6. Eric Longenhagen

    September 24, 2013 06:59 PM

    Crawford has a way better chance to hit than Freddy ever did. Phillies fans have certainly been spoiled by Jimmy for the past decade, though.

  7. RAH

    September 24, 2013 09:30 PM

    True about jimmy. We won’t truly appreciate him till he’s gone.
    He’s had a great career. Not good. Great. T

  8. Matt

    September 25, 2013 12:33 AM

    I can’t believe how much people complain about Rollins. By far the best shortstop the Phils have ever had, he’s pretty much consistently been about a top 5 shortstop in the league throughout his career, not to mention being remarkably durable. It drives me crazy how some of the fan base can’t stand Rollins then falls in love with a guy like Wilson Valdez.

  9. JM

    September 25, 2013 10:11 AM

    Wilson Valdez pitches too….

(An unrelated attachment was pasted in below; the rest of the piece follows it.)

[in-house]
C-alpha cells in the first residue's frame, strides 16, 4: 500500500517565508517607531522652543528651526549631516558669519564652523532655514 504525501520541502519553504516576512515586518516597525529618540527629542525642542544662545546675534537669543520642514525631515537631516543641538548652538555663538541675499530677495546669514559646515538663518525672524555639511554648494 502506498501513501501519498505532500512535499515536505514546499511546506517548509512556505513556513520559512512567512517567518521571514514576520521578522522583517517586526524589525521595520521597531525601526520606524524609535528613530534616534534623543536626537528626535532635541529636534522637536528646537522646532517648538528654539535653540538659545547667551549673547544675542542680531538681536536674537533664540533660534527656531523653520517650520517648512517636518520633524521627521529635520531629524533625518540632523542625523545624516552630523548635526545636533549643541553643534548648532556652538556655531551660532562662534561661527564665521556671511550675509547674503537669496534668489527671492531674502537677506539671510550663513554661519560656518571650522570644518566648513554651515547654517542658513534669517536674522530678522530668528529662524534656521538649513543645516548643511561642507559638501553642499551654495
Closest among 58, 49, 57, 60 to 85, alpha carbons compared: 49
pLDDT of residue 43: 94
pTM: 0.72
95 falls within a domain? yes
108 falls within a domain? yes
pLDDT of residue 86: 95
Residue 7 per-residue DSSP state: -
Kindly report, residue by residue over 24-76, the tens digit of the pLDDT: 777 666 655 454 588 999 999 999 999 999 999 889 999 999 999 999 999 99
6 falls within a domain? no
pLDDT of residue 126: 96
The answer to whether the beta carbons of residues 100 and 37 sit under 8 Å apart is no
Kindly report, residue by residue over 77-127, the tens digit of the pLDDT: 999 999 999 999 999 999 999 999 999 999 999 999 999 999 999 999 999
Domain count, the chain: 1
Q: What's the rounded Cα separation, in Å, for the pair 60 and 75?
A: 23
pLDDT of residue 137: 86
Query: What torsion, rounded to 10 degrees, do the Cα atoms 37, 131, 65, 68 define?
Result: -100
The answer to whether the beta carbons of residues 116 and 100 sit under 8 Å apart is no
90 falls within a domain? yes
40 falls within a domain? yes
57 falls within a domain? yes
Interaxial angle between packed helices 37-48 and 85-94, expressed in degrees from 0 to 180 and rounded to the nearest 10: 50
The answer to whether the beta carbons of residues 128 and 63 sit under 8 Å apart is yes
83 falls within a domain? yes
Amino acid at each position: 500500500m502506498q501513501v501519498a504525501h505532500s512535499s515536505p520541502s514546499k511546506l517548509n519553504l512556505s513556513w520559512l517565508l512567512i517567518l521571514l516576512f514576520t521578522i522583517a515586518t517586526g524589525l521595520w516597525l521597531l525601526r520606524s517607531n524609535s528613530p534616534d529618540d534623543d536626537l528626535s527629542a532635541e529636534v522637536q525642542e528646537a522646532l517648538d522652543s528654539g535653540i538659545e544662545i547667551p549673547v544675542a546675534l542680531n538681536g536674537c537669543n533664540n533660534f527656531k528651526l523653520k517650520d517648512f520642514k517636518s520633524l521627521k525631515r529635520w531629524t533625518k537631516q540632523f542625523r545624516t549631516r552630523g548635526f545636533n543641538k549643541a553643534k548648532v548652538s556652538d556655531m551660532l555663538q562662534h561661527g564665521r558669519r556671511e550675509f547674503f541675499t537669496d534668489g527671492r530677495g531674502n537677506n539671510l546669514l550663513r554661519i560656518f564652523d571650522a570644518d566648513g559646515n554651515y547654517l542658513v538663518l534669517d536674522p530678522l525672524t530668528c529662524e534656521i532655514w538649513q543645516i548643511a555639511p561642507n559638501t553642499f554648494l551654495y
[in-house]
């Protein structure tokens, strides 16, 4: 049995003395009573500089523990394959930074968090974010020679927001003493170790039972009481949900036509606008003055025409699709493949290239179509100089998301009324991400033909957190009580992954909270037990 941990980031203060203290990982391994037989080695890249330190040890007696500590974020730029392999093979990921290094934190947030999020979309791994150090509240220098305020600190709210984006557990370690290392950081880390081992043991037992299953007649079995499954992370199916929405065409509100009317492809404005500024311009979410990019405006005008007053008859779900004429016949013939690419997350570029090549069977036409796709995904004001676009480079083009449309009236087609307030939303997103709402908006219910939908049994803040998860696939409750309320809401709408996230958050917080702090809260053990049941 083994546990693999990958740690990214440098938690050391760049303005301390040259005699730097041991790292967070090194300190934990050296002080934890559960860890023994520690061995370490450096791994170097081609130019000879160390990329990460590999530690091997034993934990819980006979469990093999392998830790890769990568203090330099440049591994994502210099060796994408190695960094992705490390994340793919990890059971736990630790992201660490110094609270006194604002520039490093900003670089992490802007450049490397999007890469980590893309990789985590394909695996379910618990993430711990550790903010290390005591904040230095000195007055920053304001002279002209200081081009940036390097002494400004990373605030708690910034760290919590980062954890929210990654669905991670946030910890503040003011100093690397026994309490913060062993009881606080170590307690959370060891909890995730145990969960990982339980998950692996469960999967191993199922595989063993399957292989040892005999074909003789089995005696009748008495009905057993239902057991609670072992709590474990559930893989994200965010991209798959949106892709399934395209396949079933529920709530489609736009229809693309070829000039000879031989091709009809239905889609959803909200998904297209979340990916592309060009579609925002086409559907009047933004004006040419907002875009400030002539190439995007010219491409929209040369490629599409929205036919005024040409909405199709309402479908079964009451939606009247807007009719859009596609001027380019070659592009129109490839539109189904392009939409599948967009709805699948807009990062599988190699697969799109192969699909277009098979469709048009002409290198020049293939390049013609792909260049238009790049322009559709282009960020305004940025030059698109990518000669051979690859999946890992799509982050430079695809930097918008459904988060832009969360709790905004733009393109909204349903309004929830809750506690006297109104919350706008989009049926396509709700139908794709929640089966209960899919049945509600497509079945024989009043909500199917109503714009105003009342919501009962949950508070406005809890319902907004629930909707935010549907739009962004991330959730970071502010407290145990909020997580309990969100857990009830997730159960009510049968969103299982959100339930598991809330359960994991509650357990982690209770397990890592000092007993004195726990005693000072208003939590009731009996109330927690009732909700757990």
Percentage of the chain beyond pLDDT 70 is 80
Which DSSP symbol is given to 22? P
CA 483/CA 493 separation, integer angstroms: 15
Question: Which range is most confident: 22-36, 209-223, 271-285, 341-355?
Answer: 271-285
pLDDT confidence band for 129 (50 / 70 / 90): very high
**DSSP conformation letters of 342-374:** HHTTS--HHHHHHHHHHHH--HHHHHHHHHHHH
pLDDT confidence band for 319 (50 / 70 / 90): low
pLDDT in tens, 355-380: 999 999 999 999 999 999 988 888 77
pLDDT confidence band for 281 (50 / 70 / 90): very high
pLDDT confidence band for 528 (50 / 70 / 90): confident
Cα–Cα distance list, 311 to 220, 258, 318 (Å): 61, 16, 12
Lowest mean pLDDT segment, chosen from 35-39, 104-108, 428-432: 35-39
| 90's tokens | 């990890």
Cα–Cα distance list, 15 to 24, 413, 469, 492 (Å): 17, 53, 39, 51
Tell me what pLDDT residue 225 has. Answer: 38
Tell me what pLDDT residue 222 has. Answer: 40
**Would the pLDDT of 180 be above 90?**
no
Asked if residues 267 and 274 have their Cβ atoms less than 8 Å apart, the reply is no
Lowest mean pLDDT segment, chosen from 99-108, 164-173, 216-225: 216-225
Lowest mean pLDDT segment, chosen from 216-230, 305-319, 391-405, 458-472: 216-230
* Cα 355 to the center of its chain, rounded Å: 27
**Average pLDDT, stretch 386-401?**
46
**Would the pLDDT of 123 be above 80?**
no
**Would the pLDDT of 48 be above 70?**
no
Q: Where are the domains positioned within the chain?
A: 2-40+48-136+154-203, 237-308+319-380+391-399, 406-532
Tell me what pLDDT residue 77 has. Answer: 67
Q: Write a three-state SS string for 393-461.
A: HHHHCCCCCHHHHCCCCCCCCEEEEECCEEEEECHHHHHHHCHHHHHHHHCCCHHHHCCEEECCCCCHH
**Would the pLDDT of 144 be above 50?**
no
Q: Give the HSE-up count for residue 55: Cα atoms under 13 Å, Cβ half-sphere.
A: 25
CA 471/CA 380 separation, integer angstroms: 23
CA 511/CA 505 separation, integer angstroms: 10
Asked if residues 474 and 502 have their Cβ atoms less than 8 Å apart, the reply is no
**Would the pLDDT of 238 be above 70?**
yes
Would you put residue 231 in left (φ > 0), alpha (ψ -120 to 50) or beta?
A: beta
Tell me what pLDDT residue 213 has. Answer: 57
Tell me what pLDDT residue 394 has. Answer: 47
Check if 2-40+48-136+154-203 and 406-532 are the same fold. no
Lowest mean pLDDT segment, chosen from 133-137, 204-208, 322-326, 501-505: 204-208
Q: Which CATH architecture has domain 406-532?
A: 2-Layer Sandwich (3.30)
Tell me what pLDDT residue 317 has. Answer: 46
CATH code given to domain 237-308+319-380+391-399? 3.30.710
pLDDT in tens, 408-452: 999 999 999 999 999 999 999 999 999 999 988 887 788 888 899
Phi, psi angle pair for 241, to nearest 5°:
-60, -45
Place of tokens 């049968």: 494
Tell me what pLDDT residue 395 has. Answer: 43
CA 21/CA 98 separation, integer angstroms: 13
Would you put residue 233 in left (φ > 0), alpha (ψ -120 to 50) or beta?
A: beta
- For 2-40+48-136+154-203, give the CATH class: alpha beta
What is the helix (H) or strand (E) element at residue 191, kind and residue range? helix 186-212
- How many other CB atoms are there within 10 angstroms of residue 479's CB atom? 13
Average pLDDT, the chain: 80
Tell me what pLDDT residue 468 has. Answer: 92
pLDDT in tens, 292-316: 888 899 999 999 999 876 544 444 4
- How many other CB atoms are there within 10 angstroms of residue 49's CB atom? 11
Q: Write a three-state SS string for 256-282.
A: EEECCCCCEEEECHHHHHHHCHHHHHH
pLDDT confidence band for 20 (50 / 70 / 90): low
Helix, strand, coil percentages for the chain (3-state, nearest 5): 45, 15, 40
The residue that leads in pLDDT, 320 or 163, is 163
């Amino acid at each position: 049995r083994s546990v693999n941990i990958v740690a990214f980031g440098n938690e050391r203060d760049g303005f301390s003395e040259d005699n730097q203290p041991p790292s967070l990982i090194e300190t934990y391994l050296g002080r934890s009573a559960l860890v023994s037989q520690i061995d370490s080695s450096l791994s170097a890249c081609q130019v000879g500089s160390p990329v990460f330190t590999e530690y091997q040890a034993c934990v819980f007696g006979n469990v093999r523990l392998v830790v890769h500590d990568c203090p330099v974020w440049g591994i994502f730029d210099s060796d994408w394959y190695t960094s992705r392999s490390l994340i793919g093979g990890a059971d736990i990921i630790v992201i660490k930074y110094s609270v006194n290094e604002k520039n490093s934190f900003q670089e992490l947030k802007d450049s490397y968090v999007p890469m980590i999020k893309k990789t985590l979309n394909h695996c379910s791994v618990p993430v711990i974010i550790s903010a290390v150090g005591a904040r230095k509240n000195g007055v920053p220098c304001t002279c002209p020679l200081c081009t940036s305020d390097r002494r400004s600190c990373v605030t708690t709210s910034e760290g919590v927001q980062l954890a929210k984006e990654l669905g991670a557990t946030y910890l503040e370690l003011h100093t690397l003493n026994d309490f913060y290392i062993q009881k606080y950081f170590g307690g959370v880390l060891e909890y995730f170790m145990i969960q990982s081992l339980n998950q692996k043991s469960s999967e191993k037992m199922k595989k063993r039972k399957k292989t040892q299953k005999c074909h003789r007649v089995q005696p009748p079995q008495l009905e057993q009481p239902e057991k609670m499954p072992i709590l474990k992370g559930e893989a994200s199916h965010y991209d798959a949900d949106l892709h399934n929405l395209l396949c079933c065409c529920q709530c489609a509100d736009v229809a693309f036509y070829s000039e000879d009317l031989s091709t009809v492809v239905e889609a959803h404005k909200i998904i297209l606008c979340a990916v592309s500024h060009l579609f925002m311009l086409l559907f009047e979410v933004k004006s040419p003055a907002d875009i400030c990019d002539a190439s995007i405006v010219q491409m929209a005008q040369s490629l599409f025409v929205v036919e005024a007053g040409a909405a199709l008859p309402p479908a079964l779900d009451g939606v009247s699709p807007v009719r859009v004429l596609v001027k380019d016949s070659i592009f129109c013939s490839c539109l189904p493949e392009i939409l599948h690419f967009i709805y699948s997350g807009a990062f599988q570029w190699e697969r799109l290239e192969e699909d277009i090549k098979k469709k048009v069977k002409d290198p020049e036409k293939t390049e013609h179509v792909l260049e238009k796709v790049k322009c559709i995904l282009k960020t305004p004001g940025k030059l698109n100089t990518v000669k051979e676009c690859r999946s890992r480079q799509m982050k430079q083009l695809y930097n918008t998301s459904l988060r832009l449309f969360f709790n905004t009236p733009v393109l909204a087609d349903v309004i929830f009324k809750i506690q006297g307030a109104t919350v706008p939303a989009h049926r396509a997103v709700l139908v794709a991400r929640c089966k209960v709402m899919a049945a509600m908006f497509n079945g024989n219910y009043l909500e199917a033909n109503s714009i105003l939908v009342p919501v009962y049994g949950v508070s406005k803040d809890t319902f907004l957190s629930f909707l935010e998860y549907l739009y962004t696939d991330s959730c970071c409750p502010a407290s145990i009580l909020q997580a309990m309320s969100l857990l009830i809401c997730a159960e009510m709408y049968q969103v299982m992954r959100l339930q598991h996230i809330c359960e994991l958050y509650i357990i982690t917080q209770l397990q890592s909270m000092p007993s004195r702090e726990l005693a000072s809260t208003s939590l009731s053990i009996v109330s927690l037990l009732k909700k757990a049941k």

10. prs130

    September 25, 2013 04:10 PM

    Rollins drives people crazy because of his approach. Approach is a choice, and Rollins insists on approaching ABs like he’s a power hitter. It’ll always be love/hate with him, because he could have been better if he’d have simply accepted that he’s 5’8″, 180lb.

  11. MattWinks

    September 25, 2013 05:07 PM

    The thing is, for a SS Rollins is a power hitter. From 2005-2013 he was 4th in HRs behind Hanley, Tulo, and Hardy. He was 7th in ISO behind those other 3, Carlos Guillen, Khalil Greene, and Stephen Drew. He did this while maintaining a walk rate that was near average and a extremely low 10.8% K rate. The infield fly rate contributed to a low BABIP for him which is a negative, but he was far and a way the best baserunner, and is second only to Hanley and Reyes in WAR.

    I won’t go into why Rollins drives people crazy, but for the large part it is because of things that don’t have to do with baseball and unreasonable expectations for a SS in their 13th full year (without any real major injuries except for 2010)

  12. Pencilfish

    September 26, 2013 10:35 AM

    Eric,

    It has been said Crawford can probably stick as a SS as he moves up the minor league ladder. Do you agree? Or do you see Crawford’s arm as a better fit for CF?

  13. Eric Longenhagen

    September 26, 2013 02:31 PM

    I think he’s going to be a very good defensive SS. Sorry that wasn’t made clear above.